PARKER, Rev. Samuel (1779-1866). Journal of an Exploring Tour Beyond the Rocky Mountains, Under the Direction of the A.B.C.F.M. in the Years 1835, ’36, and ’37. Ithaca, NY: Mack, Andrus, & Woodruff, 1842.
8vo., bound in 6’s (8 x 5 inches). (Scattered spotting and browning throughout). Fine folding lithographed map frontispiece by the author and engraved by M.M. Peabody (scattered spotting to verso). One full-page plate drawn by H.W. Parker and engraved by Peabody: “Basaltic Formations on the Columbia River.” Original publisher’s brown cloth decorated in blind, lettered in gilt (head of the spine and top corners strengthened, generally a bit scuffed).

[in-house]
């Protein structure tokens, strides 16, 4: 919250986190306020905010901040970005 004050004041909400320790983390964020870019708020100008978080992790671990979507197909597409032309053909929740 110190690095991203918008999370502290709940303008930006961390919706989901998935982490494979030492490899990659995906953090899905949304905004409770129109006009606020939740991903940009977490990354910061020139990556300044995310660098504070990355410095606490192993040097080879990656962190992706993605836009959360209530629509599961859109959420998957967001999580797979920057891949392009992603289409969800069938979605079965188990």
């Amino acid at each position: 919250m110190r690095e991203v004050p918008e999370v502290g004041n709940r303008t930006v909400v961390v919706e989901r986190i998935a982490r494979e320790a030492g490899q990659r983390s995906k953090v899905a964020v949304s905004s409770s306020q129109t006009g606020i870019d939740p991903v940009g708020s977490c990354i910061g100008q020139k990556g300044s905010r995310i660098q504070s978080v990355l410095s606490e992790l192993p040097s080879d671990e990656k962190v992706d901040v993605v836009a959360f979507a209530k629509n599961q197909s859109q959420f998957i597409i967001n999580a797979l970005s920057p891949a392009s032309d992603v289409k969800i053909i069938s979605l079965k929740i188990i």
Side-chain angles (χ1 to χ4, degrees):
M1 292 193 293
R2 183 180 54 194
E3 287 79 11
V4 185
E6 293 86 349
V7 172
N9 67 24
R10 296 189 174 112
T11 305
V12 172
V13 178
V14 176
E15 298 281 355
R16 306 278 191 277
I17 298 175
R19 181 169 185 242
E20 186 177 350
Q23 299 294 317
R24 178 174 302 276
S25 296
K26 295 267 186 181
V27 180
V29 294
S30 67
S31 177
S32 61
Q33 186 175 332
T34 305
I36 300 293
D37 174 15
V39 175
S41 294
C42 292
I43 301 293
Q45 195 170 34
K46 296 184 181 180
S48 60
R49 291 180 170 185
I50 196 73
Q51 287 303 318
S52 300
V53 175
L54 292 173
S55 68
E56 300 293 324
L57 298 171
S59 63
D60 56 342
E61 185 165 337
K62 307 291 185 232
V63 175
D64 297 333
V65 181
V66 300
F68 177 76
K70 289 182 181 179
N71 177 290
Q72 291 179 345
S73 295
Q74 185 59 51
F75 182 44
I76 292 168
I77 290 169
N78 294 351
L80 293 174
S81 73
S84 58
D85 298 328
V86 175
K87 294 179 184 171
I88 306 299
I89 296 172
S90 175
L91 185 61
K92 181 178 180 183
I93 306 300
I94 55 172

Third edition (first published in 1838). Parker was the first Presbyterian missionary in Oregon where he travelled in 1835 with fellow missionary Marcus Whitman looking for potential missionary sites. He traveled as far north as Colville while locating sites for missions near Spokane, Lewiston, and Walla Walla. Eventually, he traveled to Fort Vancouver, and from their obtained free passage by ship to Hawaii, and after some delay there he returned to Boston via Cape Horn. “Samuel Parker’s ‘Map of Oregon Territory’ of 1838 represented a real advance, and was made from personal observation. Of it Wagner-Camp remarked that it was ‘the earliest to obtain circulation which contains reliable information as to the interior of Oregon Territory. . .’ On this map the North Fork of the Platte is shown, with the Sweetwater flowing into it. South Pass is not named, but the sources of the Sweetwater and the Big Sandy. . .are close together. Bear River is imperfect, but correctly flows into Salt Lake, while not far north, at the mouth of the Portneuf, is Fort Hall. The Yellowstone heads in Lake Eustis, but Lewis and Clark’s Lake Biddle is now absent, and west of the crest of the Rockies is Jackson's Lake, under the Trois Tetons, finding its outlet in a stream that flows into Henry’s Fork, and later the Snake. . .” (Wheat, Mapping the Transmississippi West, volume II, pp. 165-166). “Parker accompanied a fur-trading party, in 1835, from Council Bluffs to Walla Walla” (Howes p. 89).